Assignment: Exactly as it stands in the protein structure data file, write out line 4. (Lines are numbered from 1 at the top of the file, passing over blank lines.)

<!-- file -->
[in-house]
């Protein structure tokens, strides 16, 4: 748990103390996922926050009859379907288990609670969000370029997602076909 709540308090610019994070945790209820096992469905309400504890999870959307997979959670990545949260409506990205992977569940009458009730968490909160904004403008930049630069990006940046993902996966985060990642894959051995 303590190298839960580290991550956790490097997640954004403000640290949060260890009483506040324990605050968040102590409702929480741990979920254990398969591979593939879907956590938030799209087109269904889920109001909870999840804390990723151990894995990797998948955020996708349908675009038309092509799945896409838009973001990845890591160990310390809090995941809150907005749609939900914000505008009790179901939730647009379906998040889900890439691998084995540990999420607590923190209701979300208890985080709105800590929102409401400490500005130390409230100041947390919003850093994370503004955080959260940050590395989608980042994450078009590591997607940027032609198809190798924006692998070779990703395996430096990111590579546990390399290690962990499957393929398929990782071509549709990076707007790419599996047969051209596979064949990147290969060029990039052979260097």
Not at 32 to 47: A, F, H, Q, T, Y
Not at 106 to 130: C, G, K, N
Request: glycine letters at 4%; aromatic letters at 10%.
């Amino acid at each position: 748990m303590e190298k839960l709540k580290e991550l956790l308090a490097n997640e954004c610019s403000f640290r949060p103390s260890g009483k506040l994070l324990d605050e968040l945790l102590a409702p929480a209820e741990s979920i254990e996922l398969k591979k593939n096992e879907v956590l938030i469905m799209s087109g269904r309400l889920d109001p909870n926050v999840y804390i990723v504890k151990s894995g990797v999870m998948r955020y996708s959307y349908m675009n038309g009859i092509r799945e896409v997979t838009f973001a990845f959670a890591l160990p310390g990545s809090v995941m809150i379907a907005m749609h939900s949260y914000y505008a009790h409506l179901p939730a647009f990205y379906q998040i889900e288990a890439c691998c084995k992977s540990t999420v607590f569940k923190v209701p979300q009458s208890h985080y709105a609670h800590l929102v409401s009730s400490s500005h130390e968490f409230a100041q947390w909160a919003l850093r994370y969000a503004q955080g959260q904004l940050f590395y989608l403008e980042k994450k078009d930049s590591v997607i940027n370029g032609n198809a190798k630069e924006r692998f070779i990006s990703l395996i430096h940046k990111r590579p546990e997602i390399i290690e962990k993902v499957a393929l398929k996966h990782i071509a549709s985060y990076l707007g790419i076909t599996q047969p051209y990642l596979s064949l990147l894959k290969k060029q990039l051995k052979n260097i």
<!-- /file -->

Not at 106 to 130: C, G, K, N